Buzzsumo is a great tool. Through their Influencer search, you can find people who frequently share content on a given topic and can click through to see what these links are.

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Another approach to finding social influencers is to search Twitter bios using
Followerwonk and sorting by Social Authority

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Engage influencers at different stages

Outreach

Outreach ideally starts with organically following influencers and engaging with them over time. Then reaching out to them via email or social media is less about introductions and more about the specific project you want to pitch to the influencer.

There will also be times when you find an influencer who aligns with your strategy but you don’t have the relationship-building lead time. For this cold outreach, write a succinct introduction that includes goals your goals for the content and the benefits the influencer will receive by working with you. Then make your ask. Personalization and quality are key. If you find outreach challenging, this
guide from Portent is a great place to start.

Make outreach easier for yourself by using a tool like
BuzzStream that automates and tracks the process. It will help you find contacts at certain publishers—giving you the twofold opportunity to pitch your own content as well as get in touch with influential authors. It also generates templated, customizable outreach emails.

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Just remember, even if you already have a solid relationship with an influencer, show that you value his or her time. Do as much of the groundwork as you can in advance. For instance, if you want people to share something on social, draft one to three example social posts specifically crafted for each influencer and platform.

Start of relationship

Once an influencer agrees to work with you, provide just the right amount of background information and instruction. This will vary by project and influencer.

For an influencer creating content, define the basics (e.g., article, ebook, video, etc.), in addition to length and editorial theme. Find a good balance between leaving room for the influencer to share his or her expertise, while setting up key points and takeaways you want the content to achieve. You should also create and send an abbreviated style guide. There’s no need to disclose every internal note you have, but if you can provide the basic stylistic do’s and don’ts, product or company background, audience information, and voice and tone guidelines, you will spend less time on edits and back-and-forths with the influencer. Set clear expectations and schedule benchmark dates where you can check in on progress and make revisions where necessary.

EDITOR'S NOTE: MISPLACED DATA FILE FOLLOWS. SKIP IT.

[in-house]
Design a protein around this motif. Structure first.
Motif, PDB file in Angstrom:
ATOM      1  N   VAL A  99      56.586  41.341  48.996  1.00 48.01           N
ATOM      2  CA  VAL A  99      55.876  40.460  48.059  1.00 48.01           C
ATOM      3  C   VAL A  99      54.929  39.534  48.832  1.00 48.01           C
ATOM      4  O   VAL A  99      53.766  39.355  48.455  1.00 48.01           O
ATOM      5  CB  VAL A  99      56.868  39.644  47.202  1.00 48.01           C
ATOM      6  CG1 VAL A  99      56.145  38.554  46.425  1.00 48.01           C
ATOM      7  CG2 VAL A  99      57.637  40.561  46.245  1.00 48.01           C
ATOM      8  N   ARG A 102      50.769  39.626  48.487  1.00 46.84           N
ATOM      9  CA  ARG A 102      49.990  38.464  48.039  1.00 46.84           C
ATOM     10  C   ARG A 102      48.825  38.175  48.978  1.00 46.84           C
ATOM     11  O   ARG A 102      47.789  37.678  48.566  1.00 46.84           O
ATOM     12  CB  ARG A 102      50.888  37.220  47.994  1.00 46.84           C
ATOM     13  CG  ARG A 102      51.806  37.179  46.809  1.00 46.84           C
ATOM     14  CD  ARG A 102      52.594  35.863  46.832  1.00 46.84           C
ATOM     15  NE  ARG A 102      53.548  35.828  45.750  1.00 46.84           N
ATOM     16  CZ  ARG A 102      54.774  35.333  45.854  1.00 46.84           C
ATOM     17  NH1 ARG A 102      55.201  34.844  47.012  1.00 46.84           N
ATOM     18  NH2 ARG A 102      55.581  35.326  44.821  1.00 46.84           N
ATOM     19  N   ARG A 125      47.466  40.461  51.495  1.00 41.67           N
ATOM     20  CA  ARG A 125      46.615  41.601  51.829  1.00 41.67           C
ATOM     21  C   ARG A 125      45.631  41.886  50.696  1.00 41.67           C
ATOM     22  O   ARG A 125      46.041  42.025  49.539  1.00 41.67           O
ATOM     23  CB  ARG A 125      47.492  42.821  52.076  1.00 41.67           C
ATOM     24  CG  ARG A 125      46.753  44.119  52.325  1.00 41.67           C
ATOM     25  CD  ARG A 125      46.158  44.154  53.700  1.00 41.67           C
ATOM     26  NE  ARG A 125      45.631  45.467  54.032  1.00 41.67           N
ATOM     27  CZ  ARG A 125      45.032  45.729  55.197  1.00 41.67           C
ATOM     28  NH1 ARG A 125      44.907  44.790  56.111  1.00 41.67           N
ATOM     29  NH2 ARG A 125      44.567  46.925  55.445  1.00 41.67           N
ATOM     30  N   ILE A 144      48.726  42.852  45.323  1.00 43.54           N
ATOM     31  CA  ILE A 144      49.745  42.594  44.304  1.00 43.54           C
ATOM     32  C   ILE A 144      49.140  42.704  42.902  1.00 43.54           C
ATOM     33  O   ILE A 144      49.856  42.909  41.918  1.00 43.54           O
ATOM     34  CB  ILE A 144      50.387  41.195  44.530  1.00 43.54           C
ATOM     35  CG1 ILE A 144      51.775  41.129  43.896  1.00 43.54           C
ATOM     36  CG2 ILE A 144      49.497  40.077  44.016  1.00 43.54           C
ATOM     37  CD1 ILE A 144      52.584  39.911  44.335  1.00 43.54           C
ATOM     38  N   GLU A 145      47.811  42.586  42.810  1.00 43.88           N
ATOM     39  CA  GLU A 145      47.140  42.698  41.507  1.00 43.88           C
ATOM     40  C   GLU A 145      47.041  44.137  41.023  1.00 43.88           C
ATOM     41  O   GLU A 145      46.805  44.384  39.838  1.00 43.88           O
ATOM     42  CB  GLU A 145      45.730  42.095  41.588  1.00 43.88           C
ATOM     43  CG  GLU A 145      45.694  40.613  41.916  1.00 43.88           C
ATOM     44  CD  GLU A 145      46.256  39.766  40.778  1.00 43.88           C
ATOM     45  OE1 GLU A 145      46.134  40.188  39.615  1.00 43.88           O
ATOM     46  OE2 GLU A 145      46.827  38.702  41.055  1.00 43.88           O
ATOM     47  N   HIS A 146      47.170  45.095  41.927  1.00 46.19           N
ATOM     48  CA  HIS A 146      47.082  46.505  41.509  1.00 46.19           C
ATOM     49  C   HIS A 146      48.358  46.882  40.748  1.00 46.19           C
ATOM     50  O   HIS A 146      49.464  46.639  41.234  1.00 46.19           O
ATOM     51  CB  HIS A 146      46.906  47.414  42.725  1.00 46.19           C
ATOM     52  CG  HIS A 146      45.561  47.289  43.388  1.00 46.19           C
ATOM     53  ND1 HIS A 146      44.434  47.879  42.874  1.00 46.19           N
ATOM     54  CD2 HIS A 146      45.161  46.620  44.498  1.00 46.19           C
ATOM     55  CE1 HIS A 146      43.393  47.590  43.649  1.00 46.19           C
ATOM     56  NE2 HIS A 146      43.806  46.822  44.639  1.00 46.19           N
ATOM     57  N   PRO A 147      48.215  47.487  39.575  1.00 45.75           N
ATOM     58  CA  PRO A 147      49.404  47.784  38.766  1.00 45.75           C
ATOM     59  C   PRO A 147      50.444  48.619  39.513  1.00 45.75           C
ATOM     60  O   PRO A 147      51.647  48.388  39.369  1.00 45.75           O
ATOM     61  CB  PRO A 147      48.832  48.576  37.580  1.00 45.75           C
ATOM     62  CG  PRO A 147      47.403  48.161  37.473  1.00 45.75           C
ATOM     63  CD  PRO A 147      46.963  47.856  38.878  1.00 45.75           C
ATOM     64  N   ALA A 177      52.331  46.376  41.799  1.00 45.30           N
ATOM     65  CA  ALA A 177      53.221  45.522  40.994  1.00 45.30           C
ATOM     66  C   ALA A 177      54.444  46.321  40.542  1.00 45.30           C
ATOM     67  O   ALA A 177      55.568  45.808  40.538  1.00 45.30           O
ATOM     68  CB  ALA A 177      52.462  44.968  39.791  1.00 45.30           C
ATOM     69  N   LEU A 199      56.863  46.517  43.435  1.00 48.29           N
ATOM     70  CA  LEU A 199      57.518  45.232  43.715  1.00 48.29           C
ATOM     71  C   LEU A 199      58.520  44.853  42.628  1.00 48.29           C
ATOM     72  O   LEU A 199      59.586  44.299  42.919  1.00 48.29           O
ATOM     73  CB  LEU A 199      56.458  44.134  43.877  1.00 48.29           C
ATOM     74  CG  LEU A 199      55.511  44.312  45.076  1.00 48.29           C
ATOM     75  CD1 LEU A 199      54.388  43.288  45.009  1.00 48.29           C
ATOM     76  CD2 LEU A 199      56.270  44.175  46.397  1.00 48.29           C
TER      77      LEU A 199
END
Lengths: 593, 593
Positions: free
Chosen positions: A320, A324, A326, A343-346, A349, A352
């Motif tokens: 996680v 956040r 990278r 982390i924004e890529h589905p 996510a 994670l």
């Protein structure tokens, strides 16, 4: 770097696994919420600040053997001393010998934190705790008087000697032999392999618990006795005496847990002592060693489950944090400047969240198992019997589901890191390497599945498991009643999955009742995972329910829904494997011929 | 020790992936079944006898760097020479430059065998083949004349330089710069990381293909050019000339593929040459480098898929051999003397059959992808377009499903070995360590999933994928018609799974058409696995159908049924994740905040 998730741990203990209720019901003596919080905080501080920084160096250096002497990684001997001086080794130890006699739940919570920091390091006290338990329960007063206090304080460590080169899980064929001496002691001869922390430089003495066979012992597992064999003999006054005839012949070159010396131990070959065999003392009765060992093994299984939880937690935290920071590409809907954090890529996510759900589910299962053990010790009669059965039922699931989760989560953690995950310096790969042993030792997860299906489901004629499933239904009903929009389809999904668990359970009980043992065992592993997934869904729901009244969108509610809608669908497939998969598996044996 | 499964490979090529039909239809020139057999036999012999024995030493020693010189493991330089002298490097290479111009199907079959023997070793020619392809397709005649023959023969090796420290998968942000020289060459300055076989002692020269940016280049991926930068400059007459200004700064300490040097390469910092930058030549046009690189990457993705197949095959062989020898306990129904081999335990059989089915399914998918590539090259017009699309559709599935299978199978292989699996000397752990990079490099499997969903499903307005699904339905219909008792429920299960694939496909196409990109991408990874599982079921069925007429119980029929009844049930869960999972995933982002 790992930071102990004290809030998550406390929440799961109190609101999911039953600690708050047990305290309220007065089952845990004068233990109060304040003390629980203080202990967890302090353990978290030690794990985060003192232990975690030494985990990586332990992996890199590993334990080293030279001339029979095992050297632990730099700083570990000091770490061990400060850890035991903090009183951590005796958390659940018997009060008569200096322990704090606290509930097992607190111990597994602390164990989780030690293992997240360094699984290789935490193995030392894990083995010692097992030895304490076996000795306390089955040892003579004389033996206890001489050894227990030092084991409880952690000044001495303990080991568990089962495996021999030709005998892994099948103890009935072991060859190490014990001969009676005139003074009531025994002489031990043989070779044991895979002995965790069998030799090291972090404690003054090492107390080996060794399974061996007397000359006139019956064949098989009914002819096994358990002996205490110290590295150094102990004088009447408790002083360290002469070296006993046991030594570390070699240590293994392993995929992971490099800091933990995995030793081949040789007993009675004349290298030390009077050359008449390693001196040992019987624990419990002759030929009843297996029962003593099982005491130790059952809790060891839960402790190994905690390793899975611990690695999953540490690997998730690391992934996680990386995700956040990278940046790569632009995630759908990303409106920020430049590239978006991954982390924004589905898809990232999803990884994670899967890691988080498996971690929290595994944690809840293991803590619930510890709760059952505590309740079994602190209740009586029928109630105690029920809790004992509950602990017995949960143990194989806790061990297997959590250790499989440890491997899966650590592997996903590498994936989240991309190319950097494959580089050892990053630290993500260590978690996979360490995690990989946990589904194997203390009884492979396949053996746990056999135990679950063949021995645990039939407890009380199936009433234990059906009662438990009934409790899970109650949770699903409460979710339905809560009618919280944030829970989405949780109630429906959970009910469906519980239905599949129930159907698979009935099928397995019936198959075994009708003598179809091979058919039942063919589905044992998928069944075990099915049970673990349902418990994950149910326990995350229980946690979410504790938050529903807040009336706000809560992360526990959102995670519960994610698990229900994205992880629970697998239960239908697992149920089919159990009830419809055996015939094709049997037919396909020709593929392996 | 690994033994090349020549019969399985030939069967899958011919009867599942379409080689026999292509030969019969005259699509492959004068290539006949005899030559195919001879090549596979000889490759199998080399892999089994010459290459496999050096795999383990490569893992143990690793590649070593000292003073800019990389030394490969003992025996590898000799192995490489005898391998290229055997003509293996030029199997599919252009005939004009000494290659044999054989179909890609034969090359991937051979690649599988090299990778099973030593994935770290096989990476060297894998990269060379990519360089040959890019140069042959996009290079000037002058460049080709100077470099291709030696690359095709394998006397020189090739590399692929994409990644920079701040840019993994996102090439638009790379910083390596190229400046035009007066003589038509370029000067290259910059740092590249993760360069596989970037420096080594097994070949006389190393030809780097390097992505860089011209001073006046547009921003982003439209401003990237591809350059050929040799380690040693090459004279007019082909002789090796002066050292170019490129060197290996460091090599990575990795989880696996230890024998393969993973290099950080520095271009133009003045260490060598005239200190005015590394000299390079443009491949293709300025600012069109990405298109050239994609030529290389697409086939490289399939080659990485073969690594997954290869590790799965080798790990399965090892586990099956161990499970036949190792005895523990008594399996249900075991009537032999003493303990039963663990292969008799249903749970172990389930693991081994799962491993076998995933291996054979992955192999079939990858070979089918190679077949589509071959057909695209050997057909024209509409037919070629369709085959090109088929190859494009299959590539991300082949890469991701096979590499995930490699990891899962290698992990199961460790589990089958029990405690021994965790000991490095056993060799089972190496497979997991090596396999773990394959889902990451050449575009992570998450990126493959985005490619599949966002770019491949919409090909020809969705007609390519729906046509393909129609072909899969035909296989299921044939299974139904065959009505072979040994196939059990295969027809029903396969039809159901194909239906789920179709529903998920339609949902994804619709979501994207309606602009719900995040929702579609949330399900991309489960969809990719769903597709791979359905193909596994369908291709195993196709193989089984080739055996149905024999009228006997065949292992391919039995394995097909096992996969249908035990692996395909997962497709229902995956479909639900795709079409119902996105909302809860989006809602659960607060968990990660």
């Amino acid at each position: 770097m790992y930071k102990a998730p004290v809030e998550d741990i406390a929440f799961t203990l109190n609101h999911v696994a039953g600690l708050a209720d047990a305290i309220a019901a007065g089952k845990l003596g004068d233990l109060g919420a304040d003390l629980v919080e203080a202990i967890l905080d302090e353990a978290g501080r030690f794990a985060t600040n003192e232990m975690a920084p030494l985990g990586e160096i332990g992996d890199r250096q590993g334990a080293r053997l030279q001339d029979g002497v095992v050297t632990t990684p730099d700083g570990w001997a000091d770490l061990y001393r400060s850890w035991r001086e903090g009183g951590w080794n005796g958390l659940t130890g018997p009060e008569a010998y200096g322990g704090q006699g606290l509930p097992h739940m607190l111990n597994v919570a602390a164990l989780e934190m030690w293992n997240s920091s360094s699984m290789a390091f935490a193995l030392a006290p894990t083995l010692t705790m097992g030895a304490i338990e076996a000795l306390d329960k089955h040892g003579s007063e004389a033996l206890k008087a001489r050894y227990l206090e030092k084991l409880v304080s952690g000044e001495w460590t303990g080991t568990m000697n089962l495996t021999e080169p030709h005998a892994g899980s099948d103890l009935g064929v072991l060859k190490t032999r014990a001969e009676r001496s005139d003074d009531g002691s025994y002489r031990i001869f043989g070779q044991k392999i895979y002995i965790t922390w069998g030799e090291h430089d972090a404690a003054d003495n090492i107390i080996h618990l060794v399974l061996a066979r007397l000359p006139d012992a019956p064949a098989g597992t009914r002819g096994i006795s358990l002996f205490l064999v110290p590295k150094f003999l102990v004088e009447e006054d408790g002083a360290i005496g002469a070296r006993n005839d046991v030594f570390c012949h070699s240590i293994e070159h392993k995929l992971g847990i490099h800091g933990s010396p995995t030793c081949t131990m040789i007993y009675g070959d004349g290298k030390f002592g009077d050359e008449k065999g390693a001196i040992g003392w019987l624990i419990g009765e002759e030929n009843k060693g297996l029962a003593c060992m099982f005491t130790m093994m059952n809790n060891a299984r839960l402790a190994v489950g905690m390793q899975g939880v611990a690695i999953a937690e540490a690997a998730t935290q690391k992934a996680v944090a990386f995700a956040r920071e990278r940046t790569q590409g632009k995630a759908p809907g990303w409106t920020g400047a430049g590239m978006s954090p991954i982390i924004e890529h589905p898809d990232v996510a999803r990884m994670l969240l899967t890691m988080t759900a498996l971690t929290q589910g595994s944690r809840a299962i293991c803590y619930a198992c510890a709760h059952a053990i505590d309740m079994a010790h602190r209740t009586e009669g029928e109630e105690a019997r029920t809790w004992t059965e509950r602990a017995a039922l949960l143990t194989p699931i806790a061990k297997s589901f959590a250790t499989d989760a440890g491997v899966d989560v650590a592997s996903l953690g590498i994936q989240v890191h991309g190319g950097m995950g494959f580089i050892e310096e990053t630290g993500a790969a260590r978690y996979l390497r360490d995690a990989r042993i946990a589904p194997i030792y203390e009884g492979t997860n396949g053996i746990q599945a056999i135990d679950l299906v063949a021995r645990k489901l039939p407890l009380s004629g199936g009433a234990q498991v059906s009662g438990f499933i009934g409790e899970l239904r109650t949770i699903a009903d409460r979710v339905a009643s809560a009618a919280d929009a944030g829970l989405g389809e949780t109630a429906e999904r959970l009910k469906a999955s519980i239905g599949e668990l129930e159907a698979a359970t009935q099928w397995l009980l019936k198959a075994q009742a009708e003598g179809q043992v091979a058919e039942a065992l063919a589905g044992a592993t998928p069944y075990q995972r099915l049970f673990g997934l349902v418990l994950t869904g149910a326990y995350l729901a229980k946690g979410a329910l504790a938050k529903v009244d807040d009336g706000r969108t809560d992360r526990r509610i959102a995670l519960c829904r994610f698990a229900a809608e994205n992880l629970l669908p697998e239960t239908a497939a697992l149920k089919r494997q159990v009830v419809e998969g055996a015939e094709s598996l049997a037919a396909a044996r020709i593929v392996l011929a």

In the case of engaging influencers to amplify content, you won’t need to give quite as much guidance on how to craft the social message, but you can still offer suggestions on angles that would work well or any topics or phrases your brand wouldn’t want to be associated with. It’s also important to provide summaries of any piece of content you are asking influencers to share so that a) if they don’t have time to read every word, they still feel comfortable with the concept and b) there won’t have to be any guesswork in deciding what part of the content is most important to share.

Relationship maintenance

If your experience with an influencer is mutually beneficial and you know you’ll want to partner again, make sure to check in periodically. Don’t ask for something new every time you reach out. Keep in touch by sending along interesting content or company updates the influencer might find useful. Better yet, always extend a congratulations on a promotion or a new position.

To ensure you remember to engage with the right people, use tools like
Commun.it, which identify the influential people you interact with on Twitter, and prompt you to re-engage with people you haven’t @ mentioned recently. 

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LinkedIn Contacts is also a handy way to keep track of conversations and check on any updates on the influencer’s end to look out for opportunities to get in touch.

As you continue to grow existing influencer relationships, adjust your overarching strategy to incorporate more key industry leaders. Create new roles for influencers to play in shaping your content and its promotion.